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Wednesday, September 09, 2009

The Duel (2013 Launch Pad Contest, Romance category winner)

The Duel
Catherine Lawrence

Cambridge, 1733
Chapter One

What did a man wear, when he might die before sunrise? 

Crossing to the clothes press, Thomas Caldwell pulled out a crisp linen shirt and thrust his head into it. 
He could smell the spring green bushes where it had dried and been sun-bleached after laundering. He drew on his waistcoat, the indigo one, with silk-embroidered buttons, sewn in Spitalfields. Not his finest but well-fitted, dark enough to blend into the early morning shadows, loose enough to raise his pistol-arm swiftly. Handsome enough to meet his Maker–but no! 

Blood wouldn’t mar this dashing swoop of cravat today, nor any another, God willing. 

Knife, slipped in his boot. Dagger, sheathed in his belt.

Hands–clenched and unclenched, awakening reluctantly, readying themselves. 

He shrugged into his favorite coat and rubbed the thick nap, dark brown like his hair. His fingers combed through stubborn curls and tied them back in an efficient queue. 

Candlelight flickered in the mirror. Yes, he cut a fine figure. 

Fine, fine. Two French pistols in their case. 


He slung his brother’s satchel on his shoulder and cantered down the dark stairs.

Robin’s desultory lantern lit the mews. 

“Come on, lad!”

The boy rode hard with him past the Cock-and-Bull Tavern, past the Colleges. The morning star gleamed above a church spire as they galloped by. 

A sign? Tom said a prayer, several. 

Eight hoofs on cobblestones beat a tattoo in his head. Their horses careened between carts headed to market on the bridge arching over the Cam. Farmers, too, up before the sun in market-day rituals. This Saturday of nearly-spring was dawning fair.

They were the first to the fields outside town. Dismounting, they walked through the tall grass that stretched across the meadow and rustled in the March wind, their footfalls quiet from sinking in soft mud. The last snows had only just melted into the earth.

It was a good day for a duel. It had been too chilly to practice in the snow and ice. Tom’s nose was still sorely chapped from the interminable cold that plagued him for weeks every winter.

He coughed. No good, that. He feared it would distract him. 

Fear would distract him. 

Must concentrate.

The sharp chill of dawn heightened all his senses. He could almost hear the Earl’s stallions whinnying in the distance and charging across the fens. He was fortunate this wasn’t a joust, since he could never match the Earl’s horsemanship. 

But he had finesse with flintlock and cartridge. Robin held the case open. 

Tom claimed his weapon and hefted the long, slim gilded gun in his hand. The metal was bracingly cold. His leather gloves were warm and supple, so no matter.

The matter was this: Turn, pace, count. Turn. Fire.

His arm rose steady. His mind was clear of everything but the heavy, fulsome, all-consuming need for vengeance. His heart would take satisfaction in the shot, whatever the outcome. When his finger jerked, his ears rang with the report. 


The sun rose at last, glinting in his eyes. 

Why was he facing east? That was a mistake. He would know better next time.

“Good shot, sir!” Robin waved to him as swirls of smoke blew away.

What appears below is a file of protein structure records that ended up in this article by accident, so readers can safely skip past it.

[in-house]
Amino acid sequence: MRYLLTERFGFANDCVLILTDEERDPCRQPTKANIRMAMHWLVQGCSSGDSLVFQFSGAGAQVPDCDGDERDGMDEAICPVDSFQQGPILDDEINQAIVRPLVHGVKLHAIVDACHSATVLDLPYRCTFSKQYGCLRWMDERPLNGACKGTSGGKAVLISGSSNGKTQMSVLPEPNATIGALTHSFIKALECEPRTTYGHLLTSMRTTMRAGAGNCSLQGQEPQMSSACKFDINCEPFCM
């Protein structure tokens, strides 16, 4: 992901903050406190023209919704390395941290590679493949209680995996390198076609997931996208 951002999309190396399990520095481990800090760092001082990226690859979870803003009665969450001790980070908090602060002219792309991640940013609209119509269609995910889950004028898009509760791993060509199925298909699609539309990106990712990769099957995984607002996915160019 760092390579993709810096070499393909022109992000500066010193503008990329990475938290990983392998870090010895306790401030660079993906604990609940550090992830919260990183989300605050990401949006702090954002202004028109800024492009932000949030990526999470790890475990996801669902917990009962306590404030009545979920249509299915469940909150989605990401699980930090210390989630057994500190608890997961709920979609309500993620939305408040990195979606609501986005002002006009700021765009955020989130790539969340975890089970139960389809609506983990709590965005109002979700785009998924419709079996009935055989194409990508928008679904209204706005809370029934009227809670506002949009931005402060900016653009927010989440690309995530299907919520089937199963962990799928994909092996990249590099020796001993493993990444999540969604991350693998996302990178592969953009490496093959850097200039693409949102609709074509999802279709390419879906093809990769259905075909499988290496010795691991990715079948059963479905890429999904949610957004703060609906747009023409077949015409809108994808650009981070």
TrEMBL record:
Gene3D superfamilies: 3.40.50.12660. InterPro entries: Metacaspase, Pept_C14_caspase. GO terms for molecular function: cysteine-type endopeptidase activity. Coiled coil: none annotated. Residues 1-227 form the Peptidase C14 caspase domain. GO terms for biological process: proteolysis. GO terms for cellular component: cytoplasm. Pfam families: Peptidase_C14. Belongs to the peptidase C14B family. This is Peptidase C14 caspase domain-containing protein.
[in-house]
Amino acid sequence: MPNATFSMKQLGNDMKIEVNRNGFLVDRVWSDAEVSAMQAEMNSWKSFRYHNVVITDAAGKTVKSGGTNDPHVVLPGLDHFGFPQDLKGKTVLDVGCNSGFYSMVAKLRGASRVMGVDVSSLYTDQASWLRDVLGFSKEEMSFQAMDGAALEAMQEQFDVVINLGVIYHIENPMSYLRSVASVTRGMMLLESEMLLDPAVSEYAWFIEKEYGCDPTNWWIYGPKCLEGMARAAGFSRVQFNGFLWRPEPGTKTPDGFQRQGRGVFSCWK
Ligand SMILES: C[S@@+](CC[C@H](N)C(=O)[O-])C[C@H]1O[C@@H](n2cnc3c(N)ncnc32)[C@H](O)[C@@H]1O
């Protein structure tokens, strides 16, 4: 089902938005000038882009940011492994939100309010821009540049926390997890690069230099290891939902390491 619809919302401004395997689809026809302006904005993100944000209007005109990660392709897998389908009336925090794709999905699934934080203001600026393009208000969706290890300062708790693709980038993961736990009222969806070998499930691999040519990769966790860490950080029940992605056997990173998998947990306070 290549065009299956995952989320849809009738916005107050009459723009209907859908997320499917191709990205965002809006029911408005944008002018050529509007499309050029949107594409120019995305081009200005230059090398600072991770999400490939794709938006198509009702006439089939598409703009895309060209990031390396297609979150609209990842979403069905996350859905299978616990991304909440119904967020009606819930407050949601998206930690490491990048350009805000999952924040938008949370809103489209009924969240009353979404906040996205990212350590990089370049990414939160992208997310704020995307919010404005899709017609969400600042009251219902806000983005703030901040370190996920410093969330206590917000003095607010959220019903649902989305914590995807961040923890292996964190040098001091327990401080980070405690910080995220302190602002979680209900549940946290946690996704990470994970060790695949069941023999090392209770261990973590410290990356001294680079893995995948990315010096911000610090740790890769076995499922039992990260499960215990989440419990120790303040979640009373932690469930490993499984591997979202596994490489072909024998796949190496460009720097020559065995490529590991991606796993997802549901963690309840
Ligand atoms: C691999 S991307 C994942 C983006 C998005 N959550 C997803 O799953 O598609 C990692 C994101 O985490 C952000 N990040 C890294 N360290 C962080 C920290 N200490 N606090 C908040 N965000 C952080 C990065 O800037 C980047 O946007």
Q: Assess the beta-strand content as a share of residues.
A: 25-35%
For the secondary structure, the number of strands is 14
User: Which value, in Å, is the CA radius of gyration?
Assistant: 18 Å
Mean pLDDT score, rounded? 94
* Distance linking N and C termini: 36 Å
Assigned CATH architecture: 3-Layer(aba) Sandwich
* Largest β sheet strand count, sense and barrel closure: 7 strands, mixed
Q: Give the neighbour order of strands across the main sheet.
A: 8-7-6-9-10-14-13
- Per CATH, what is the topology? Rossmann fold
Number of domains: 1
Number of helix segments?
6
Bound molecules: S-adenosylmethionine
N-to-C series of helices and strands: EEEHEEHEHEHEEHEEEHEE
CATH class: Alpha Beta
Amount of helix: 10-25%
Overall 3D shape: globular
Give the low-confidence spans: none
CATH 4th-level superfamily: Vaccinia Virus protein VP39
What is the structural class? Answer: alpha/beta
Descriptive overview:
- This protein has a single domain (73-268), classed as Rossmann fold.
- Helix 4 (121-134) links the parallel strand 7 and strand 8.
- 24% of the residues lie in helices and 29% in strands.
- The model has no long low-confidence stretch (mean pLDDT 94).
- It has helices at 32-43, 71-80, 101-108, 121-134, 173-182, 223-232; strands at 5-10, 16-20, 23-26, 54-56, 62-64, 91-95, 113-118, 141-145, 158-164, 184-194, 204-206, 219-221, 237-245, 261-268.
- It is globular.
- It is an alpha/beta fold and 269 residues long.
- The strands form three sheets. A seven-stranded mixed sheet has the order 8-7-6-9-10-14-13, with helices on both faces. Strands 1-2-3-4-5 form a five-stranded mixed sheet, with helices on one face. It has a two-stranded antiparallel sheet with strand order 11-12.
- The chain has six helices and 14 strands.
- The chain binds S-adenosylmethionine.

Together they paced back to the makeshift, life-size puppet, wool-felt hung upon wood, standing in for the challenger. The cloth gaped, torn in the center and smoldering where the bullet had whizzed through. Jagged fibers exposed the board cracked beneath. 

His chest tightened. 

Thus do I, gentleman-scholar and barrister-at-law, unwilling heir to a barony in the Borderlands, complete the first of my trials.

The biting stench of black powder lingered in the air, drifted across the valley, and wafted to the sky, where high above his brother must be looking down upon him. Was Alex smiling now? Tom could not. His anger at himself thrummed too strongly, despite the gratifying pleasure some small part of him took in the accuracy of his aim. 

He would perfect this ritual. Spring made travel possible. He’d go to London, to Edinburgh, whatever it required. And before summer was out, he would kill the Earl of Roxburgh.


Ahh, there’s a bit of luck. 

The servant hadn’t secured the door when she left. 

Tom entered a dimly lit space, curtains drawn, chairs lining the walls. A fire burned low but steadily in the grate. Only a wealthy earl would heat a coaching inn’s unoccupied sitting room. Pocket doors flanked each side. To the left the door was shut fast. That side of the room was cooler, too, likely the sleeping chamber. He would find what he wanted there. 

He drew a quick breath. The tavern’s sour-tasting stout still coated his lips.

From the right came soft, bright voices. A fire crackled. When he peered around the door, he saw a girl’s sprawling skirts and slim hands, playing jonchets. He leaned further and spied a woman’s back, a cascade of dark red hair, a tight black dress, a slatted rocking chair. A child wriggled in her lap and twirled her tangled curls. The woman spoke in French, in rhyme, reading Perrault’s fables. He recognized the story of the grasping crow. After a few precise, fluent sentences, she surprised him by translating the lines into English. No, that would not be remarkable. The governess spoke in a delightful Scottish brogue. The rrr’s trilled on her tongue. The familiar lilt made him think of his sisters, made him ache for home.

He blinked and forced himself to turn away. Now was his opportunity. 

On the chill side of the sitting room, he slid open the door to the bedchamber. A slight glow seeped through the thick draperies. He swallowed a curse when he stumbled on a carriage trunk. Its hinged top, propped up, revealed a torrent of ladies’ dresses. No secret papers there. Any incriminating political documents would likely be on Roxburgh’s person.